<A HREF = "../Comics/series_comics.htm">
Still confused? Let's take it step by step. We're here, in
(or "http://...", it doesn't matter for the purpose of this example).
The "../" first tells the browser to go up one folder. We're now in
ftp://darkut.free.fr, which is the master directory. Then, the "/Comics"
bit tells the browser to go into the Comics directory. You are now in
What do you do next? Finally, the
"series_comics.htm" part tells the browser to load the file
series_comics.htm, which is the Series Comics Index. We're there!
(Note: Text with a line through it, shown above, is done with the <s>...</s> tags, for "strikeout" text.)
We'll meet up with local URLs again later, but we'll leave them to one side for now. Next up are comments. These are placed by whoever is writing the page as a guide to help them, or a note to later coders. They are used with the stand-alone <!...> tag, where the whole tag makes up the comment. For example, <!This is a comment> gives:
Can't see it, can you? Comments are ignored by the browser and can only be seen with the View|Source command (you can try it and see if you think I've just used a couple of line break tags; I assure you I haven't). They aren't necessary, but may be used to break up text or explain what a block of code does for later reference.
One final thing for today is the anchor link. You're probably thinking, "Anchor? That sounds horrible, get it away from me!" (or something along those lines). However, guess what? You've already done anchors; that's what the A in A HREF stands for. Anchors can not only be used to jump from page to page or site to site, but can also be used to jump to a specific part of the page.
First, you need to set an anchor on the text you want linked to. This is done by switching HREF for NAME, and using either text or an image as an anchor point. For example, <A NAME = "Jump_Point"> sets an anchor named Jump_Point. You can't use spaces in an anchor name, use underscores instead. Don't forget the closing </A> tag after the anchored text, though. Observe:
Remember this line of text, for it has been anchored.
That's the anchor point set. To jump to it from the same page, just use the A HREF tag, but put a hash (#) before the name of the anchor. Confused? Okay, here's an example: <A HREF = "#Jump_Point"> jumps to the anchor named "Jump_Point". The hash tells the browser to look for an anchor, rather than an actual web page. Try it here:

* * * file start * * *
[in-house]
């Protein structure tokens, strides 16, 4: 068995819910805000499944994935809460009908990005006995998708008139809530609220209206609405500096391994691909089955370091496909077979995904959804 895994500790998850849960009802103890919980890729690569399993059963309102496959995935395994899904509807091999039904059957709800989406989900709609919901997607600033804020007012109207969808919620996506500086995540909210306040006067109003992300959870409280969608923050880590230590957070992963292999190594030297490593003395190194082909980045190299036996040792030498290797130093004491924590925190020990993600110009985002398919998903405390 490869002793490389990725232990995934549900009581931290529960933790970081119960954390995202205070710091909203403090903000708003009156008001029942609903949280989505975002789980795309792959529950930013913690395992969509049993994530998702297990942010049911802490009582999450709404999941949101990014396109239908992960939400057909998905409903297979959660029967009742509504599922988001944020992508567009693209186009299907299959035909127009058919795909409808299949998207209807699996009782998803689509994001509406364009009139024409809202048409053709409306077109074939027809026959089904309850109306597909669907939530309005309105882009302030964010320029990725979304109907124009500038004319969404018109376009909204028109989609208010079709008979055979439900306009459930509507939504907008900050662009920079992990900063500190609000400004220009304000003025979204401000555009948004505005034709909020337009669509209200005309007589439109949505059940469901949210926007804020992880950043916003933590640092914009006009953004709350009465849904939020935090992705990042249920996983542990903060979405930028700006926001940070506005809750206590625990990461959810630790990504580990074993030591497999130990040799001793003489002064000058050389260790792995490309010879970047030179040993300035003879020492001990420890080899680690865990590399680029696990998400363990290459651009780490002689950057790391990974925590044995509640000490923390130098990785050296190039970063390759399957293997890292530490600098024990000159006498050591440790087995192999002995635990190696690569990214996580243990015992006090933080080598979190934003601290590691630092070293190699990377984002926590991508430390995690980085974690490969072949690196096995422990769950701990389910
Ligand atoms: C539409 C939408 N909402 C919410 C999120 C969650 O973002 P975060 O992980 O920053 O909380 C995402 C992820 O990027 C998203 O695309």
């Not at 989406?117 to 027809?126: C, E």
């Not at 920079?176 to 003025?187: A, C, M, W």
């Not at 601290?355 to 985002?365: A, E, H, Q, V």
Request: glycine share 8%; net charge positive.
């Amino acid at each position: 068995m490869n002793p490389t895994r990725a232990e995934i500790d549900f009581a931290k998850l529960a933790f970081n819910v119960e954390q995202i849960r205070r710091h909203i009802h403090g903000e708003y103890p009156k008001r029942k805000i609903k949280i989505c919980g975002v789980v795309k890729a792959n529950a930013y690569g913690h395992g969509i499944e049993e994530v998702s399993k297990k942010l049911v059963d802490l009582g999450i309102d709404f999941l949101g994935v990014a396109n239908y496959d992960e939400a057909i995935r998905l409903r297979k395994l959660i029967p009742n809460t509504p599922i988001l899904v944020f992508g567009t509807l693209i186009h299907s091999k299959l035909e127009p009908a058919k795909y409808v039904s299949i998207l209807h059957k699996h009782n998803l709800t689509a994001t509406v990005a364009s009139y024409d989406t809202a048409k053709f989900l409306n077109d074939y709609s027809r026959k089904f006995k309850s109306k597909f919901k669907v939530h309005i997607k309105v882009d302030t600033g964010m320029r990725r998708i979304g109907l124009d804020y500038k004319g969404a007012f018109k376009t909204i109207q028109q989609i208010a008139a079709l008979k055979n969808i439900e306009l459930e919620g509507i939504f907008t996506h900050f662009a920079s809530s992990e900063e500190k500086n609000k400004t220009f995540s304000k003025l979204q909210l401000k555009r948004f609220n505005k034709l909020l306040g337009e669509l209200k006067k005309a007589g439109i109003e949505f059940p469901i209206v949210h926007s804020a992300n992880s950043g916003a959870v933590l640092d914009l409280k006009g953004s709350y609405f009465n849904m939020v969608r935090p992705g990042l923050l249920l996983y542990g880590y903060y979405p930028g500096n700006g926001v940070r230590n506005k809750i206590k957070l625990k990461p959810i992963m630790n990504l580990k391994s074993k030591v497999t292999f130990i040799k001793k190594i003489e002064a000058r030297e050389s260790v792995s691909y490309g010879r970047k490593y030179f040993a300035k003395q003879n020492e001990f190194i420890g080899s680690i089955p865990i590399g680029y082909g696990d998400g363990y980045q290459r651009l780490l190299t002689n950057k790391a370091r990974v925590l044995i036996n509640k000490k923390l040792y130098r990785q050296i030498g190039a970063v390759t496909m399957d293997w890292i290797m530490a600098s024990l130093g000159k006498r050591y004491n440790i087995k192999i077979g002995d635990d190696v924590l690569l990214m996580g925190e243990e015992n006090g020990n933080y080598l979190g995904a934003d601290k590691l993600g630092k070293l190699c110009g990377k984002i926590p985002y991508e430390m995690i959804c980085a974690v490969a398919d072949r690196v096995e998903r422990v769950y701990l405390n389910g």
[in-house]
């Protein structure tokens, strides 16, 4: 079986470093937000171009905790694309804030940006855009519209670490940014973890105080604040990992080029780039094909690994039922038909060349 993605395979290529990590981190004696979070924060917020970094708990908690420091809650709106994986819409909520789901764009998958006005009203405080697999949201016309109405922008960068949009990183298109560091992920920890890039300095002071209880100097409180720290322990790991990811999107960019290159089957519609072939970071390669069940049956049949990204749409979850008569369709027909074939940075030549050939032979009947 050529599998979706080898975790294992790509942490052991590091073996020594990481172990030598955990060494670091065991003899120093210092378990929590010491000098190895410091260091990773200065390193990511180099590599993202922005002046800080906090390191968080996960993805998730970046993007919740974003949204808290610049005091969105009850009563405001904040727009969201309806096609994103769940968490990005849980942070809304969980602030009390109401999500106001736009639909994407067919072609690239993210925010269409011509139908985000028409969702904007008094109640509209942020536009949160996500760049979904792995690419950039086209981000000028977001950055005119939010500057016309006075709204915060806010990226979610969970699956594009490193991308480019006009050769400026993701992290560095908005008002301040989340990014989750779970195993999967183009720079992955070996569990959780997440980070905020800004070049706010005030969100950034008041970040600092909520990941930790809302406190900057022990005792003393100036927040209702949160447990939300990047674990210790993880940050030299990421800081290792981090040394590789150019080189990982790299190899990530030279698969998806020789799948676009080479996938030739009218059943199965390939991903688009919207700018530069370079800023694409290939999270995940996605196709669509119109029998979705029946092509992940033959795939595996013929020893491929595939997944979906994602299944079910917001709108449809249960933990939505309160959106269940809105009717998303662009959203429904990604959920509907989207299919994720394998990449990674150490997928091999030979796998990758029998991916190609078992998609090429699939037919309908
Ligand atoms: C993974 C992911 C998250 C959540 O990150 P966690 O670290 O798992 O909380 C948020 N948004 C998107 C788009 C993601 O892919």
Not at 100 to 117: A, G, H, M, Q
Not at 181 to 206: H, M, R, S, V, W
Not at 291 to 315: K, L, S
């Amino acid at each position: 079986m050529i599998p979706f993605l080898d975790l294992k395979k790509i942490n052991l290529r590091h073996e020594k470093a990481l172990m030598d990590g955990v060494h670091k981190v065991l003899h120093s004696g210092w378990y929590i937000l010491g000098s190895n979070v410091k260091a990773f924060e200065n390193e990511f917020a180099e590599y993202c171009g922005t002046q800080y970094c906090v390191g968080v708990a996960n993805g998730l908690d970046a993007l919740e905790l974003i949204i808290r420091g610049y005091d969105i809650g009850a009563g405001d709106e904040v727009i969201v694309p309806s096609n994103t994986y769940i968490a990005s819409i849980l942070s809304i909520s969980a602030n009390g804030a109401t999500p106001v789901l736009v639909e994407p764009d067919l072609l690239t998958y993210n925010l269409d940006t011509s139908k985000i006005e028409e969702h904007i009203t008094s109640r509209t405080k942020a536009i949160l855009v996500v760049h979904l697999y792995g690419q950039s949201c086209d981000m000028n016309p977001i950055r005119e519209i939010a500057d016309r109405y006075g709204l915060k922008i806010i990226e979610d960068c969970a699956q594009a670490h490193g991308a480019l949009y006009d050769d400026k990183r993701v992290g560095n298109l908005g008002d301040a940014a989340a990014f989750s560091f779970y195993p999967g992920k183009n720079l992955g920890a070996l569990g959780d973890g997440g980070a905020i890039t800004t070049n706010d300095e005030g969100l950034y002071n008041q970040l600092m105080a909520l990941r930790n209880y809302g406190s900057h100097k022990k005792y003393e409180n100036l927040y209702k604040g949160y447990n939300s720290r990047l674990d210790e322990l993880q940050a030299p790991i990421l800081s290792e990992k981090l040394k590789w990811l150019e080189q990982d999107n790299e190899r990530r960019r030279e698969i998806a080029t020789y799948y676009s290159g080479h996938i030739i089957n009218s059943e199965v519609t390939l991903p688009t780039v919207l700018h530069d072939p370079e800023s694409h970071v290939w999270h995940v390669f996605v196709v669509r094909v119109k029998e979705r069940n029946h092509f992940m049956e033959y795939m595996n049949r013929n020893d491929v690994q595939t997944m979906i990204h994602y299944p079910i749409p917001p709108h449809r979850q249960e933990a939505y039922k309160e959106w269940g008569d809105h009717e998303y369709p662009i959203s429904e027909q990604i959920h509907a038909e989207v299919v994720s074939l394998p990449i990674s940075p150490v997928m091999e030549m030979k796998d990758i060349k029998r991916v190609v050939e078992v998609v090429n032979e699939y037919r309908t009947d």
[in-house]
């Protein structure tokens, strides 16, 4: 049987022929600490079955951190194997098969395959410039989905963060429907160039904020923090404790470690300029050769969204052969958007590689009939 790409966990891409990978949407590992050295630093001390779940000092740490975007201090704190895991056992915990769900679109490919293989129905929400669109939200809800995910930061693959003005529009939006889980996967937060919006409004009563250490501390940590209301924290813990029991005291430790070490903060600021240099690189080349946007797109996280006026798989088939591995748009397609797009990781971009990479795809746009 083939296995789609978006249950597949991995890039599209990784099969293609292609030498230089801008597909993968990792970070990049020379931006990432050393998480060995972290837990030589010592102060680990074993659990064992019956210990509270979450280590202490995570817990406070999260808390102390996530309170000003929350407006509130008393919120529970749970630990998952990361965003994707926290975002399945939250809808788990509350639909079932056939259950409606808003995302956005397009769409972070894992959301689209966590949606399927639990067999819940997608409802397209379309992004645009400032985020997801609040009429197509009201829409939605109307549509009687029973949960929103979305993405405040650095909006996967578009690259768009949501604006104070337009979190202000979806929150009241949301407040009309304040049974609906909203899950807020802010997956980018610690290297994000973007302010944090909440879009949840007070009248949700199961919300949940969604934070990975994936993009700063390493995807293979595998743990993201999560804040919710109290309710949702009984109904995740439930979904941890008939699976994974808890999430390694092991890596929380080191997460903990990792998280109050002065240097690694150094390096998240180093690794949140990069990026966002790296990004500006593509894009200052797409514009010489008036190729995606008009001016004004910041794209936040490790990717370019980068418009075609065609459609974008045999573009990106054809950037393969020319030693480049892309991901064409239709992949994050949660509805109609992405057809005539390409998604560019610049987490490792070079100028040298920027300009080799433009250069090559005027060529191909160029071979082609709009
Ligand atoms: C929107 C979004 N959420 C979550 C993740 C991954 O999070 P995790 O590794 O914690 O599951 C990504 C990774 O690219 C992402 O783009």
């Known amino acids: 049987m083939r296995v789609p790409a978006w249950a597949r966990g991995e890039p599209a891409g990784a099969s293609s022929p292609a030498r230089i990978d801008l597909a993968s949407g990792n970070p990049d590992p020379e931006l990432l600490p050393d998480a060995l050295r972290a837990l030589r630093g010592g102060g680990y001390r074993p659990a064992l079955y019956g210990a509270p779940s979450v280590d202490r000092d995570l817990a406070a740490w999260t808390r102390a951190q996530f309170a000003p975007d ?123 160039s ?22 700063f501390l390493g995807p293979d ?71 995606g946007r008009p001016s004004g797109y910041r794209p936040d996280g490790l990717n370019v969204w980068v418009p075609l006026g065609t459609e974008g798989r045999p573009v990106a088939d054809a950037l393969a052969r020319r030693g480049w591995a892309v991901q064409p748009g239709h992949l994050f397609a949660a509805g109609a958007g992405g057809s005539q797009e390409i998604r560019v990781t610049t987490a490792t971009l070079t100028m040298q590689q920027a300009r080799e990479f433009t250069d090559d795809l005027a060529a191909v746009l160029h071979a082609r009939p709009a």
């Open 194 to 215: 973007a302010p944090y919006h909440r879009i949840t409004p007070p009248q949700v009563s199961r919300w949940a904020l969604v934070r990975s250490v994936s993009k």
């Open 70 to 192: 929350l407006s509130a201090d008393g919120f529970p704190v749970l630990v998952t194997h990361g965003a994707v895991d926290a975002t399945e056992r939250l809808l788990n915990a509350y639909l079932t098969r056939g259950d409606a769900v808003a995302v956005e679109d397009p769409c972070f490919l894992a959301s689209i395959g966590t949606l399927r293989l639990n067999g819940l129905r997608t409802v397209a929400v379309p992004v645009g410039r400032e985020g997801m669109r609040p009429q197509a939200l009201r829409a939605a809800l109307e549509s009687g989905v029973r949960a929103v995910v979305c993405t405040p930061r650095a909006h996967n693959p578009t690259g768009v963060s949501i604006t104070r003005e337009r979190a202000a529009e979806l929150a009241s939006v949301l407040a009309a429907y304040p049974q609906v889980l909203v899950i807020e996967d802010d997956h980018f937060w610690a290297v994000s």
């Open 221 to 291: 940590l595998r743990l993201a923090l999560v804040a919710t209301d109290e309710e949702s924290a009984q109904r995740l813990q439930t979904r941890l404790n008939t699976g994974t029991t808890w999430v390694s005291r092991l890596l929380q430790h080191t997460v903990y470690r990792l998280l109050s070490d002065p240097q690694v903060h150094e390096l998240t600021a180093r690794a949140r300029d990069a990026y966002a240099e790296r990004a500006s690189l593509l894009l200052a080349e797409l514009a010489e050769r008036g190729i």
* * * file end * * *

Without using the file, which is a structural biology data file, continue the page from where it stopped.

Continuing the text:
This link will take you back to the anchor.
However, there's one final thing about these, and that's linking to a jump point on another page. We'll bring back local URLs (he said, hearing you all groan in dispair) and jump to an anchor on another page of the Domain, on the glossary page. Yep, you guessed it, this is how those asterisks work.
You need to use the local URL (or full one if you're linking to a completely different website) and end it with a hash followed by the anchor name. Put simply, you take the jump link and the local URL and combine them. The glossary page is in the "Miscelleneous" directory, and we'll link to the first entry: Flame. The anchor is named "Flame", quite conveniently. We end up with:
<A HREF = "../Miscellaneous/glossary.htm"> being combined with <A HREF = "#Flame">, which gives us <A HREF = "../Miscellaneous/glossary.htm#Flame">.
Try it now!
And there you go! It's not that simple. As a final suggestion, take a look at the submissions page or one similar; you'll see a system using jump links alternating between different points on the page and the top of the page, allowing a user to check which parts he/she wants to without scrolling through what he/she doesn't want to read. This makes large pages much easier to navigate (and also helps to not annoy your visitors).